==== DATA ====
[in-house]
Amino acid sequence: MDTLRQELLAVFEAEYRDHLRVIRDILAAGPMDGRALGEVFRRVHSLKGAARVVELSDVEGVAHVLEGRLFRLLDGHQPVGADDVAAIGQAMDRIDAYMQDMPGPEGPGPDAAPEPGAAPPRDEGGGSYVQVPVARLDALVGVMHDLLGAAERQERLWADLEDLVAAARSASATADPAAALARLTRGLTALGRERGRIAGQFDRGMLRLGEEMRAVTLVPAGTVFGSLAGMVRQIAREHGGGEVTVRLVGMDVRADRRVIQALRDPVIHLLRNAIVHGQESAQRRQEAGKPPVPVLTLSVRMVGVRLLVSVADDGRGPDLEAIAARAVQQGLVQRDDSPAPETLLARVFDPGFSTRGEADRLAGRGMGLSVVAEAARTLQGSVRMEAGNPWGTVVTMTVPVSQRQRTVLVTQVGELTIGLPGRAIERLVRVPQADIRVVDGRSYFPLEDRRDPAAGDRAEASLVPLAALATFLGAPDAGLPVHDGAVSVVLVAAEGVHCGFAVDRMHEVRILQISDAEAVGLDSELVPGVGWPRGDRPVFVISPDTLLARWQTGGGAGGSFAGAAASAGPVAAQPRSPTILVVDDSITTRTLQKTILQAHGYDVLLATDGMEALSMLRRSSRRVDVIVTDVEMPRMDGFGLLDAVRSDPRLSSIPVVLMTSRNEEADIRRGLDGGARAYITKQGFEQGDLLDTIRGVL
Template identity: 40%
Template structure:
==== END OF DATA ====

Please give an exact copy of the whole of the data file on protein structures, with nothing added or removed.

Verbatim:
[in-house]
Amino acid sequence: MDTLRQELLAVFEAEYRDHLRVIRDILAAGPMDGRALGEVFRRVHSLKGAARVVELSDVEGVAHVLEGRLFRLLDGHQPVGADDVAAIGQAMDRIDAYMQDMPGPEGPGPDAAPEPGAAPPRDEGGGSYVQVPVARLDALVGVMHDLLGAAERQERLWADLEDLVAAARSASATADPAAALARLTRGLTALGRERGRIAGQFDRGMLRLGEEMRAVTLVPAGTVFGSLAGMVRQIAREHGGGEVTVRLVGMDVRADRRVIQALRDPVIHLLRNAIVHGQESAQRRQEAGKPPVPVLTLSVRMVGVRLLVSVADDGRGPDLEAIAARAVQQGLVQRDDSPAPETLLARVFDPGFSTRGEADRLAGRGMGLSVVAEAARTLQGSVRMEAGNPWGTVVTMTVPVSQRQRTVLVTQVGELTIGLPGRAIERLVRVPQADIRVVDGRSYFPLEDRRDPAAGDRAEASLVPLAALATFLGAPDAGLPVHDGAVSVVLVAAEGVHCGFAVDRMHEVRILQISDAEAVGLDSELVPGVGWPRGDRPVFVISPDTLLARWQTGGGAGGSFAGAAASAGPVAAQPRSPTILVVDDSITTRTLQKTILQAHGYDVLLATDGMEALSMLRRSSRRVDVIVTDVEMPRMDGFGLLDAVRSDPRLSSIPVVLMTSRNEEADIRRGLDGGARAYITKQGFEQGDLLDTIRGVL
Template identity: 40%
Template structure: